Claims to Healthy Eating Approaches That Are Just…Not

Why bother?

What is the point of stating that something is a healthy food choice when it’s just outright rubbish?  

We see this time and time again.  

Sugar-rich cereals that claim to be a great source of calcium.   Enriched white bread whose package screams how much fiber it contains.   Entire, neatly branded approaches to eating that pretend to have the consumer’s best interest at heart yet suggest using margarine and low calorie, packaged snack  items  as great options for on the go snacks.

Even worse, perhaps, is the number of consumers who actually believe what they’re being fed- both literally and figuratively.

Take the abundance of wrong information in the media and  combine it with not believing that healthy eating can actually be one in the same with a very satisfying, tasty, vast array of real, fresh food and add a dose of the impatience with wanting results yesterday and the result is a disastrous roller coaster of yo-yo dieting, binging an purging, self-loathing, depression, sickness or a combination of all of the above.

What if we just called  a spade a spade?   Would it really change the amount of product sold?

I doubt it.

Let’s use ice cream as an example.  Will people buy and eat more if they try to justify it by telling themselves it’s just a bone-building, great way to get calcium and vitamin D?   What if it was just packaged as …. ice cream?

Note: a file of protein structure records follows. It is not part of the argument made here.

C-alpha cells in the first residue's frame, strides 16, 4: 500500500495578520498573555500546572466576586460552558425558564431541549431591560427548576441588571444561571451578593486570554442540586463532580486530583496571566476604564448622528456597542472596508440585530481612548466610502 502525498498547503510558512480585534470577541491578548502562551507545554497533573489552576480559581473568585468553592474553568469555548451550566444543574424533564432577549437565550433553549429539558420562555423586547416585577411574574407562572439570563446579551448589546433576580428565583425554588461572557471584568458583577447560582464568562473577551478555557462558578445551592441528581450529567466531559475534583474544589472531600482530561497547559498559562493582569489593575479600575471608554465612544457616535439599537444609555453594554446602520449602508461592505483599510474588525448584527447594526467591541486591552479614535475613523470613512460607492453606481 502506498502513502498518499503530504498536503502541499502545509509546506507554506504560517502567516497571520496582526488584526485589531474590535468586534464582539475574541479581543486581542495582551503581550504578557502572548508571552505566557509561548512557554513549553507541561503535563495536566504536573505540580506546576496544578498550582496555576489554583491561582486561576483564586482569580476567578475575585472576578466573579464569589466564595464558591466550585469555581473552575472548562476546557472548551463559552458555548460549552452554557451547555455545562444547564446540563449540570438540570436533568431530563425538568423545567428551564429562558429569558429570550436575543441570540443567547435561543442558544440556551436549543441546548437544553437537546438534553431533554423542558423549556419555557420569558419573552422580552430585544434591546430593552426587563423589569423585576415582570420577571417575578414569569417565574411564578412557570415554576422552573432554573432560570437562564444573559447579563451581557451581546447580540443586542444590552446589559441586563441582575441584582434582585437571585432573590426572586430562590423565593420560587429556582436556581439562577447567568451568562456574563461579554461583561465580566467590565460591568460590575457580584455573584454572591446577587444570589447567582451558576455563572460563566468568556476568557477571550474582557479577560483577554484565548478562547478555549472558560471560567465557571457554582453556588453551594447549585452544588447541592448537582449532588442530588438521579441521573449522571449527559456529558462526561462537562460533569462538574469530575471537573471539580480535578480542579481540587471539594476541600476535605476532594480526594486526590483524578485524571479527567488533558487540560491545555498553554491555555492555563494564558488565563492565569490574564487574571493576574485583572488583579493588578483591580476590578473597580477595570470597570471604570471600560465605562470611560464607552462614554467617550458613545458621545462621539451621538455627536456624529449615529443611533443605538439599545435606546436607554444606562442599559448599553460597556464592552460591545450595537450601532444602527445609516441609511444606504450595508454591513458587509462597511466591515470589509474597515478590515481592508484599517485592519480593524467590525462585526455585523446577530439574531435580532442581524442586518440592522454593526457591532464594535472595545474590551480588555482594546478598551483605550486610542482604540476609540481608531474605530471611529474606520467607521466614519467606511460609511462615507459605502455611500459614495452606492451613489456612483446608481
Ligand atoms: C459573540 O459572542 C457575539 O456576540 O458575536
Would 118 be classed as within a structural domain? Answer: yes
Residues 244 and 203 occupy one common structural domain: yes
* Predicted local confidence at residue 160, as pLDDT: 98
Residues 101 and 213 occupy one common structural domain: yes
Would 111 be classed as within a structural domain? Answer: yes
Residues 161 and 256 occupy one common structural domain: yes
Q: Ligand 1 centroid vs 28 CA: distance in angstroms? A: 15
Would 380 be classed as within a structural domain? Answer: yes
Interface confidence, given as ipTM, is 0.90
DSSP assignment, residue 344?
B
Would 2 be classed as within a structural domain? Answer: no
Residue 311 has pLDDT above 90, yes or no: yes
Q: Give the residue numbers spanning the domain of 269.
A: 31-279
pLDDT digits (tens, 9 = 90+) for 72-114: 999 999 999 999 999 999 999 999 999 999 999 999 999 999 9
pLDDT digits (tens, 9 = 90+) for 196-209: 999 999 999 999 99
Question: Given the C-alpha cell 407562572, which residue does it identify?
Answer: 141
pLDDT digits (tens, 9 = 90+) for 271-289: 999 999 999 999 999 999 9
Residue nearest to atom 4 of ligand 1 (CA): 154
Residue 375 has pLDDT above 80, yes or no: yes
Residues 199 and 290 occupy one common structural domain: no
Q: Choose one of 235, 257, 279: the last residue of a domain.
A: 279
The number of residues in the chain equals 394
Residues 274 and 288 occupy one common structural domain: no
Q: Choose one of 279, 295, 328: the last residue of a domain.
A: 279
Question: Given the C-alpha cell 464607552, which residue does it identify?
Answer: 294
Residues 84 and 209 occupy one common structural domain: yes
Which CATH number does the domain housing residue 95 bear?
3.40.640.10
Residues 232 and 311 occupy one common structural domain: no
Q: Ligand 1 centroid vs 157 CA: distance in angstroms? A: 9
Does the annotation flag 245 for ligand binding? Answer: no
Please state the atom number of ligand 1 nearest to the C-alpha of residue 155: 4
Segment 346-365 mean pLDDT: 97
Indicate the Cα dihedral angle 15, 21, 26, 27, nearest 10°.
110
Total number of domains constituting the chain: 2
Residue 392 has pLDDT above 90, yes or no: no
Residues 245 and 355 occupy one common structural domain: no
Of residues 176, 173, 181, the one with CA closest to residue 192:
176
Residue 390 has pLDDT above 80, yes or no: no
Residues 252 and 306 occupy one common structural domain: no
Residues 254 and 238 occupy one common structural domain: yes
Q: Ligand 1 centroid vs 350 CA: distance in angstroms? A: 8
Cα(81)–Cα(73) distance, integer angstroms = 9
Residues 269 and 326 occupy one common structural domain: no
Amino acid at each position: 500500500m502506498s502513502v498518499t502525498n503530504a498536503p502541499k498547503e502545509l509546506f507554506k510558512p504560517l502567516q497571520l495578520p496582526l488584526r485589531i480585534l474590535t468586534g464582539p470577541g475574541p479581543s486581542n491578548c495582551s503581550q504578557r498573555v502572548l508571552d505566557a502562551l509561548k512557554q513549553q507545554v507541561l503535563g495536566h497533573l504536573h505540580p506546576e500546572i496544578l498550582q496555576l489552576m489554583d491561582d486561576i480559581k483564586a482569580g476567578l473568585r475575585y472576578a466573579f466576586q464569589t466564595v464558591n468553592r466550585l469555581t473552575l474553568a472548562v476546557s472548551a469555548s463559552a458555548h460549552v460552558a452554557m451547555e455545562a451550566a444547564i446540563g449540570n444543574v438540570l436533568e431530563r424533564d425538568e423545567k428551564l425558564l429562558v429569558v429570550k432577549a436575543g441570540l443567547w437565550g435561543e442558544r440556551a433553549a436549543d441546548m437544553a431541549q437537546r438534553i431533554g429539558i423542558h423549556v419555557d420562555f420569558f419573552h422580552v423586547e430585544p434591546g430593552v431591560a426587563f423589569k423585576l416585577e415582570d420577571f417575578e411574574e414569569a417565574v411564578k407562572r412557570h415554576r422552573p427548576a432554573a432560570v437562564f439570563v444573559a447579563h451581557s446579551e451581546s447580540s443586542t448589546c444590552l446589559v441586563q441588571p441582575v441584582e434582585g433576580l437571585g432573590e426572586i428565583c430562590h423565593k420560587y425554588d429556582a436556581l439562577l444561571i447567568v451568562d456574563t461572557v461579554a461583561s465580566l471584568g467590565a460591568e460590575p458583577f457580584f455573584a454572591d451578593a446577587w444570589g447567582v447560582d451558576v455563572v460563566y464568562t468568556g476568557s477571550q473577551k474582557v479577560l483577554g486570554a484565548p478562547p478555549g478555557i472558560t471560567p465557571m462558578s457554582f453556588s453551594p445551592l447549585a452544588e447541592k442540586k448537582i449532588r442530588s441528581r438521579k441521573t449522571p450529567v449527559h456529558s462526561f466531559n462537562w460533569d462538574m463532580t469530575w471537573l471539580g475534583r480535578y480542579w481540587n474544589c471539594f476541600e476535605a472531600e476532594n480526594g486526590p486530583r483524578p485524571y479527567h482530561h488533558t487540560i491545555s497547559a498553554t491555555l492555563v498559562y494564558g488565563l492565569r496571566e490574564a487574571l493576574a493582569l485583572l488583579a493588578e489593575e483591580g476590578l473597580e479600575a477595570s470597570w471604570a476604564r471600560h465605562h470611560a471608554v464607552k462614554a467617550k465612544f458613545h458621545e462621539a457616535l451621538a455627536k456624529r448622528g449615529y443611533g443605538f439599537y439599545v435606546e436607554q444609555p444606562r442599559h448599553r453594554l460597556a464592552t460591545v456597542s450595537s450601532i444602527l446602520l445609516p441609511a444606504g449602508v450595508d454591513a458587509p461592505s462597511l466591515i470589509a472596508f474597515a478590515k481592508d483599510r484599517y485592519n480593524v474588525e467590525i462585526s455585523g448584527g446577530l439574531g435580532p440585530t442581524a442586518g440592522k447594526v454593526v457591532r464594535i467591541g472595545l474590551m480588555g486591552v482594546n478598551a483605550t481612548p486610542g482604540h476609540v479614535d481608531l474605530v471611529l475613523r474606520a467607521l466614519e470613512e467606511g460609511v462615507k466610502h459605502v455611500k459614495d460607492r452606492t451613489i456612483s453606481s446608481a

I don’t have the answers.

It just bothers me to no end to see people inhaling 60 ounce vats of sweetened green tea under the impression that they’re only getting all the antioxidants from the leaves, a tiny side of steamed broccoli smothered in cheese thinking it’s a good source of veggies or, quite possibly the most common Faux (Paleo)-pas – eating copious amounts of bacon at every meal.  Not the same as a serving of wild salmon, thank you very much.

It always comes back to simple, basic common sense.

Eat veggies, with natural proteins and some healthy, unadulterated fat.  Don’t eat packaged items with ingredient labels 30 chemicals long.

And if something doesn’t sound quite right- like a cookie diet or a brownie filled with protein, even if it is vegan or ‘Paleo’, it probably just isn’t.

Go with the apple instead.